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JB Charleston evacuates aircraft, maintains airlift capabilities

By Tech Sgt. Jonathan Lovelady, 628th Air Base Wing Public Affairs / Published September 14, 2018

JOINT BASE CHARLESTON, S.C. (AFNS) -- Joint Base Charleston personnel assigned to the 437th Airlift Wing and 628th Air Base Wing began evacuation flights for 24 C-17 Globemaster III aircraft Sept. 11, 2018, in anticipation of Hurricane Florence.

The aircraft and supporting personnel planned and executed flights from JB Charleston to three designated safe locations within 48 hours of notification, a move designed to sustain the wing's airlift capability. The aircraft were relocated to Scott Air Force Base, Illinois, Mid America St. Louis Airport in Mascoutah, Illinois, and Wright-Patterson AFB, Ohio.

In alignment with the limited evacuation order issued by Col. Terrence Adams, 628th ABW and JB Charleston commander, Col. Clint ZumBrunnen, 437th AW commander, made the decision to evacuate aircraft in order to protect valuable assets while allowing them to continue their previously scheduled missions.

"The safety of our service members and their families is our priority," said Adams. "We're following the lead of the governor of South Carolina and issuing a limited evacuation order. At the same time, it is our responsibility to continue our global airlift operations in support of the Department of Defense, our nation and our partners and allies. I have the utmost confidence that our Airmen will continue to execute their missions in an effective and professional manner."

ZumBrunnen echoed Adams' sentiment, adding that the evacuation and continuation of the mission required a team effort.

"It is a testament to how the team that I inherited works together," said ZumBrunnen. "Essentially, within 36 hours of being told to go, we launched 24 aircraft, which includes maintenance and aerial port. The operations group came together to execute a plan that's very complex, and within that period of time, we got every airplane out of here. We couldn't do it without the air base wing [or] our partners in the 315th AW who had crews fly airplanes away for us."

Lt. Col. Travis Elliott, 16th Airlift Squadron director of operations, not only led the execution phase of the aircraft evacuation effort, he also flew with a C-17 crew from JB Charleston to Scott AFB to ensure their readiness for any taskings received.

"It's very important for the security of our personnel to get out of here, and get the aircraft out of here to make sure they don't sustain any type of damage," said Elliot. "It's also important that we continue the mission as well, so we're going to Scott [AFB] to continue the missions that we had already been scheduled for and evacuating aircraft allows us to do that. Plus, if there is any kind of recovery effort needed – of course, we hope there isn't – we'll be available to go and assist those folks."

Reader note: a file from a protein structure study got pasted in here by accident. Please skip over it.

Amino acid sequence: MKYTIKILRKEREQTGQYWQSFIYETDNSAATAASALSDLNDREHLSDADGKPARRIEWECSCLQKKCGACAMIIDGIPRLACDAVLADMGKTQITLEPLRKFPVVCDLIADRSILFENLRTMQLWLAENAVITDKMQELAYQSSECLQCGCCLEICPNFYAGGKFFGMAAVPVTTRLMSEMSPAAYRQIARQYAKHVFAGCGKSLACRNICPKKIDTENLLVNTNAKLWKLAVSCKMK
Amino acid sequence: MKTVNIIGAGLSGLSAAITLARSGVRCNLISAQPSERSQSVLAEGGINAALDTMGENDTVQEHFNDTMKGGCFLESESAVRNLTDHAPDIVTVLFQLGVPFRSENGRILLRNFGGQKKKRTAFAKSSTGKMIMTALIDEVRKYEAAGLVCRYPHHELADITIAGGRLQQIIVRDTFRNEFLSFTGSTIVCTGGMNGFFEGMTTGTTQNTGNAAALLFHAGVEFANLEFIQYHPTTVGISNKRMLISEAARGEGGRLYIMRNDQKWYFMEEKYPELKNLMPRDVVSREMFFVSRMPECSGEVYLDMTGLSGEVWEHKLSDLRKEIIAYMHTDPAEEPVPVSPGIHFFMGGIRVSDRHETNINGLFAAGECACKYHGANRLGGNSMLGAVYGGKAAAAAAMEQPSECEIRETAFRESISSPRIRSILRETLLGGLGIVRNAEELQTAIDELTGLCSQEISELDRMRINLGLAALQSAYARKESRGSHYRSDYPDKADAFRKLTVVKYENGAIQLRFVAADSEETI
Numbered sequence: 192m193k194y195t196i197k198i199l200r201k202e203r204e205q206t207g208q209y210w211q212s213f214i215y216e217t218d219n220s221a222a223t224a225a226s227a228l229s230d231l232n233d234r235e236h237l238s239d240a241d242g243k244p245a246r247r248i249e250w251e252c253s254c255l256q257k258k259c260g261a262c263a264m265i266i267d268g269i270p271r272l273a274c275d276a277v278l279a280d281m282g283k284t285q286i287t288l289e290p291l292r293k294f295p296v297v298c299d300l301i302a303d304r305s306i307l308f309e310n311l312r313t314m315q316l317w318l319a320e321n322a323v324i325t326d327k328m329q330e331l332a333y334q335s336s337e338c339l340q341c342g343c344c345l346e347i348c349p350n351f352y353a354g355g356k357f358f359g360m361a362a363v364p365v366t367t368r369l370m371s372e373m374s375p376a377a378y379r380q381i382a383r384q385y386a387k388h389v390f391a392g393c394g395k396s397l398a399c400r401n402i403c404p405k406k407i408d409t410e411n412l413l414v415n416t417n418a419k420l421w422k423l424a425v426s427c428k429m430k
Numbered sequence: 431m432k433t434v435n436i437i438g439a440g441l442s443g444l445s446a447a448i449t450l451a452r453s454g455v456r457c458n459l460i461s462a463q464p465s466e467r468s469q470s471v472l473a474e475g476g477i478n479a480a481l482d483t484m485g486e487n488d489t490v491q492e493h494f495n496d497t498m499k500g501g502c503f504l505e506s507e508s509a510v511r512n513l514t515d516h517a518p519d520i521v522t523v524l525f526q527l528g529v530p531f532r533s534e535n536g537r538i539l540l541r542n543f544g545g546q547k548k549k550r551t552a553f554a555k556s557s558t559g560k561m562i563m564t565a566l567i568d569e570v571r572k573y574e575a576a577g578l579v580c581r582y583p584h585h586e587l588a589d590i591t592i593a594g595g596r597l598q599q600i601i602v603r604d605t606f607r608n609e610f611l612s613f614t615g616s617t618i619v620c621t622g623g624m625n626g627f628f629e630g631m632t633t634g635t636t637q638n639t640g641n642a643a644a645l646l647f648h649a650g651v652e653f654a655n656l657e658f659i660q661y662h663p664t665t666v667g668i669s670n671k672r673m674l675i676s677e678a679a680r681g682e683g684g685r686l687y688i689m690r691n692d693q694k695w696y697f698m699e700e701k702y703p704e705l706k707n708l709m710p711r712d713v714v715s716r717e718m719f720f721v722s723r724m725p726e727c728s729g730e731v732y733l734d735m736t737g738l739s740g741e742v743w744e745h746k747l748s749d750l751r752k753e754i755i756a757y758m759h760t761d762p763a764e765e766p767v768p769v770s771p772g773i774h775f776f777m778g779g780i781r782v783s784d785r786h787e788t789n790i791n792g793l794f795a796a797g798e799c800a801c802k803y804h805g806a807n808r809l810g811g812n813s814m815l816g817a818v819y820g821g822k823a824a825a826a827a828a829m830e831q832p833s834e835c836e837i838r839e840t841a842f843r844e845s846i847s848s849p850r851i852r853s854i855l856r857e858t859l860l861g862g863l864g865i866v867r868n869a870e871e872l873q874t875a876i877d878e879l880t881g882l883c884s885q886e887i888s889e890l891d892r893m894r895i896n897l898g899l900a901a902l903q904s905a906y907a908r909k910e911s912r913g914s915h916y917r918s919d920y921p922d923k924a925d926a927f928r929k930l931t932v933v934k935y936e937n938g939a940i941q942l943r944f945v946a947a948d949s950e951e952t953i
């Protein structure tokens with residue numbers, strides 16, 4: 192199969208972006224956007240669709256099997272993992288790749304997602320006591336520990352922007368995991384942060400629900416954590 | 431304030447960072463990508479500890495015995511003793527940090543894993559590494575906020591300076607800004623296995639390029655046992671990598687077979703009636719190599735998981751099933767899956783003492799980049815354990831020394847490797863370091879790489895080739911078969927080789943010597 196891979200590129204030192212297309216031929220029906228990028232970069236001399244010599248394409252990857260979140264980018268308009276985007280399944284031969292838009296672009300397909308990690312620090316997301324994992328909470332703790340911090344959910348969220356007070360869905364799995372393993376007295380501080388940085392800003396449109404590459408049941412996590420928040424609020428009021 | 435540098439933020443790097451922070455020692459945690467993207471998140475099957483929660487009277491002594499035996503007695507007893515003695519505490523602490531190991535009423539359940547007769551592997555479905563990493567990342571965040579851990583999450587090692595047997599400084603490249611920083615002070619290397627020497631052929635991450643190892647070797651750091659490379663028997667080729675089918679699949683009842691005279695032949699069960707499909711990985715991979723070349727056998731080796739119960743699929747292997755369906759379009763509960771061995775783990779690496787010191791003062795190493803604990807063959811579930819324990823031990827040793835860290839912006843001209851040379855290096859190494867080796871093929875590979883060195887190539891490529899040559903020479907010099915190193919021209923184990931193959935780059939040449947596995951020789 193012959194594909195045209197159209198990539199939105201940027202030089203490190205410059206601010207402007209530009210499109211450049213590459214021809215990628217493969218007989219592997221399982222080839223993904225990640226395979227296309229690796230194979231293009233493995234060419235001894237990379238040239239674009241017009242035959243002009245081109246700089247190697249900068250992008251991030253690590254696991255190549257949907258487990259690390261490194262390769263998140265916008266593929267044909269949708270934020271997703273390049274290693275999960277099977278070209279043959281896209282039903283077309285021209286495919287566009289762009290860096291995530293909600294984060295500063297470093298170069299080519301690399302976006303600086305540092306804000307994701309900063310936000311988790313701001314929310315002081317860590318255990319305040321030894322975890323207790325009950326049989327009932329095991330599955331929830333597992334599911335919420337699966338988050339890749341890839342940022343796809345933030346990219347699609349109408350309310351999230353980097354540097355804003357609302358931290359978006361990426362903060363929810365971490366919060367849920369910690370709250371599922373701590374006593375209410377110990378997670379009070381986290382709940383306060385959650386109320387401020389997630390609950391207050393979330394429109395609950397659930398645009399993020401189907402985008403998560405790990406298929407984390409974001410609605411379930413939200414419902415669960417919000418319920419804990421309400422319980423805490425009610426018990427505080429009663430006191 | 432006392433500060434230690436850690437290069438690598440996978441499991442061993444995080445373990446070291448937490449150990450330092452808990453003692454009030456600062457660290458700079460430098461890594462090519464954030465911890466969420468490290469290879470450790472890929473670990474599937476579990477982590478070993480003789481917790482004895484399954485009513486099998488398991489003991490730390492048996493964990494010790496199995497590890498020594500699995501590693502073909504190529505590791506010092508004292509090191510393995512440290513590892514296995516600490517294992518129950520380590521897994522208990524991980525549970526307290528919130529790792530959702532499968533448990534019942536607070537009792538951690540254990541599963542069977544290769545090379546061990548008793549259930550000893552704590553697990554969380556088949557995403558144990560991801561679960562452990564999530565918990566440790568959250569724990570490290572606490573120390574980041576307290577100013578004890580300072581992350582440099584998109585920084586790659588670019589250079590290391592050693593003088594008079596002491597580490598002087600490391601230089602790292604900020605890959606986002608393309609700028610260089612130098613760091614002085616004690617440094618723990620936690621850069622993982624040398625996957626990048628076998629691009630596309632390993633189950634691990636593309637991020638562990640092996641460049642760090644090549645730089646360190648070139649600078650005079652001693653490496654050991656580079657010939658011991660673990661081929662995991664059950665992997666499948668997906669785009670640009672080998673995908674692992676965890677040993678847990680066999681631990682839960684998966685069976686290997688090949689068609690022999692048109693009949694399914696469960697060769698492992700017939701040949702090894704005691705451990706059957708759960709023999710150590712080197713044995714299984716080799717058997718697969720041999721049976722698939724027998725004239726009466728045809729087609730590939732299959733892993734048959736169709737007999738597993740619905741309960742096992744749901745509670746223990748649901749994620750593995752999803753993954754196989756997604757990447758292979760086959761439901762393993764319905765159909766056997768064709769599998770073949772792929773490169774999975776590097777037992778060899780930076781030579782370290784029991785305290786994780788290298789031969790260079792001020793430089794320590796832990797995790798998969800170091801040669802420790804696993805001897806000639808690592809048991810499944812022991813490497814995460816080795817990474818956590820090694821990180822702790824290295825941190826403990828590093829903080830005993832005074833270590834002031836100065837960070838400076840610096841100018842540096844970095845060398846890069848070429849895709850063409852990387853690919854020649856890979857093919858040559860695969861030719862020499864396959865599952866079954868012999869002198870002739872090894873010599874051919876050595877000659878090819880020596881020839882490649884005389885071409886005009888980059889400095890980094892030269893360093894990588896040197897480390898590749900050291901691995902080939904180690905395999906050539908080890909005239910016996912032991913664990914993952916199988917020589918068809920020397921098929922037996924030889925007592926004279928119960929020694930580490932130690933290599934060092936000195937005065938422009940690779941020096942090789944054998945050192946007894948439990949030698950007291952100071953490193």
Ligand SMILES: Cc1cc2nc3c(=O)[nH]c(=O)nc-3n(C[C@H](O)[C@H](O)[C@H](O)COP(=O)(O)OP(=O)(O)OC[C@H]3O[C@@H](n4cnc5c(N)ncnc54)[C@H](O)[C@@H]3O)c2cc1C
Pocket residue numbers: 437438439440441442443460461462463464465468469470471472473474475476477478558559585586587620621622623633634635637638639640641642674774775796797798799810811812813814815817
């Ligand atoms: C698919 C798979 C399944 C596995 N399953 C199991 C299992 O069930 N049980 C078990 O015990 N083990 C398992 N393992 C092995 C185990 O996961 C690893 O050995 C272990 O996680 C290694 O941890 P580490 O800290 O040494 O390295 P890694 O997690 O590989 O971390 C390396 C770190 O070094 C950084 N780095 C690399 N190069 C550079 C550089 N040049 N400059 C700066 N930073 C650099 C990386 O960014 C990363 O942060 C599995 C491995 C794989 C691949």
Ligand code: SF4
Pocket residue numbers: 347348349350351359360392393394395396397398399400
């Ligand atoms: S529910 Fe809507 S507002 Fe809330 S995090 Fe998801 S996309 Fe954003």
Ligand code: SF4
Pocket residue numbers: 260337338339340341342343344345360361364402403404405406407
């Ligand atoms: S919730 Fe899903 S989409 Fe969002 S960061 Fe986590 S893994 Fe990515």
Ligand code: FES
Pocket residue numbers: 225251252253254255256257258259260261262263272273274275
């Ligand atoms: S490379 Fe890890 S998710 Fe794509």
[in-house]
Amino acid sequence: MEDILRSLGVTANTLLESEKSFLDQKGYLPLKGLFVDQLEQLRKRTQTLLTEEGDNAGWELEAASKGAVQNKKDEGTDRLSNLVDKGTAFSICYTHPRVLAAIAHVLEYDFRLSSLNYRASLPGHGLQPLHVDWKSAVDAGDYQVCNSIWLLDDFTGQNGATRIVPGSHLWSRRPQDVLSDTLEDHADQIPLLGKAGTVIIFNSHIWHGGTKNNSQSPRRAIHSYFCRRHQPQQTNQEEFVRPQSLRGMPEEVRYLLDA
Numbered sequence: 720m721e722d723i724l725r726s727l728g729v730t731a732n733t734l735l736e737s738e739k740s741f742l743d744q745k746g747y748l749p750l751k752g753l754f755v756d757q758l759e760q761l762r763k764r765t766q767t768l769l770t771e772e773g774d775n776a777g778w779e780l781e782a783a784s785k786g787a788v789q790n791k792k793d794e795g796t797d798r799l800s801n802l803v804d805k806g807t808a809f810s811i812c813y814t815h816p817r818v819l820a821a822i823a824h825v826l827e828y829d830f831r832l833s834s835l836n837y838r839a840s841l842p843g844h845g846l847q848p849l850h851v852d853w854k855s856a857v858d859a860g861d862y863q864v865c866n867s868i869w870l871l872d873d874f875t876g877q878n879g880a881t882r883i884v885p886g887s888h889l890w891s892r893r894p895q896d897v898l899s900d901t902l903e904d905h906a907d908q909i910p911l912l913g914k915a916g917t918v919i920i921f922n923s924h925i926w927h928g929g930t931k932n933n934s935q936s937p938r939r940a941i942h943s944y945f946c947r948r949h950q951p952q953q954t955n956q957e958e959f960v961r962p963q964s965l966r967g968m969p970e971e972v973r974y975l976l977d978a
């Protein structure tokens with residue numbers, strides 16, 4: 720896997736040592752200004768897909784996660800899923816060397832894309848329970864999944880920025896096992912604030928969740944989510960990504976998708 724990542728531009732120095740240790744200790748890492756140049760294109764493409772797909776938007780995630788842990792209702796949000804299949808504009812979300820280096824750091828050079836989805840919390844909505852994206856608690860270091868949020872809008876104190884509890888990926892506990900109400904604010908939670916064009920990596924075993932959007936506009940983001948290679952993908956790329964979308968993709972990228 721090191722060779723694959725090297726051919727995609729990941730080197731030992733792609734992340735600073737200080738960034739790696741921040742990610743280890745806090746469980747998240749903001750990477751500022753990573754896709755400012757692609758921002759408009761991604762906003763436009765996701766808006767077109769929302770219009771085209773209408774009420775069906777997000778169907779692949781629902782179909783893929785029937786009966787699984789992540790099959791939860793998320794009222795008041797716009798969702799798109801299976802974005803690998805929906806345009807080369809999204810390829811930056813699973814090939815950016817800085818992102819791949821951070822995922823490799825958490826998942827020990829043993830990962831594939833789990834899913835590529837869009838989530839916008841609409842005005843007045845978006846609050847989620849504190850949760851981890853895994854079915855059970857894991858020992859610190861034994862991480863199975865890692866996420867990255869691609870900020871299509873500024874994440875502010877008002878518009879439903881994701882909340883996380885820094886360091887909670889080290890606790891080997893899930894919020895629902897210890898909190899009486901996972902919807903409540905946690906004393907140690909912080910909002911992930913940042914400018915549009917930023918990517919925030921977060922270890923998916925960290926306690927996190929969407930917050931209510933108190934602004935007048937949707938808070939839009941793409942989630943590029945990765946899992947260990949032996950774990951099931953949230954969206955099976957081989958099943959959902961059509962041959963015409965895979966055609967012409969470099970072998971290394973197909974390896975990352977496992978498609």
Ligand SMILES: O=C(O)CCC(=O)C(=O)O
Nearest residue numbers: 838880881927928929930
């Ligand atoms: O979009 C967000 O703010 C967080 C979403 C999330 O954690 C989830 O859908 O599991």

Having observed the mission planning process and one of the evacuation flights first-hand, Elliott expressed his amazement with the performance of everyone involved.

"In just over a day and a half, agencies across the entire base got these aircraft off the ground and that is absolutely amazing," said Elliott. "It's been a great experience, great folks to work with across the board."

Staff Sgt. Andrea Jansen, a 16th Airlift Squadron loadmaster on Elliott's flight, attributed the "seamless" execution of her crew's evacuation to effective teamwork, coordination and planning from units across JB Charleston.

"I'm impressed with how flawlessly we were able to execute," said Jansen. "A lot of what we do, we couldn't do without the people that are supporting us [like] aerial port [and] maintenance. We can't get off the ground without them. I'm really proud to be a part of the team that's doing it."

According to Jansen, getting off the ground means delivering "anything, anywhere, anytime, and providing support to people that need it." However the work doesn't end there. Her crew was scheduled to fly an overseas mission within days of arriving at Scott AFB. Back to back missions require extensive effort of the 437th Aircraft Maintenance Squadron as well.

"It was really a testament to the capabilities of the individuals on both the [JB Charleston] side as well as the Scott Air Force Base side." said Capt. Christie Taylor, 437th AMXS Blue Aircraft Maintenance Unit officer in charge. "There was communication all throughout the night to make the mission happen and be ready to go the next day to be up in the air. It was really tremendous."

The effort put forth by Scott AFB Airmen was a factor, which enabled her team to quickly get situated so they could focus on their mission and maintain readiness for the next phase of operations. Almost immediately after arriving, Taylor's team began performing inspections and maintenance on more than 10 C-17s that relocated to Scott AFB, roughly half of the total evacuated.

"We have a potential for up to 14 aircraft and that's because we have aircraft that came in from Charleston, but we're also receiving missions here right now," said Taylor. "We're being fluid and flexible to be able to support not only the aircraft that left from Charleston, but the continuing missions that are still happening despite a hurricane."

Taylor emphasized the importance of looking after the Airmen who look after the mission.

"It's times like these where they're unfortunate, but it's really a time to appreciate what the Air Force does for our people," said Taylor. "Not only are we taking care of resources and aircraft and continuing missions worldwide, but we have families that we're calling out to – people who are deployed. It's a time to be really proud of our Air Force and to see people coming together to make things happen. I'm really happy to be a part of that."



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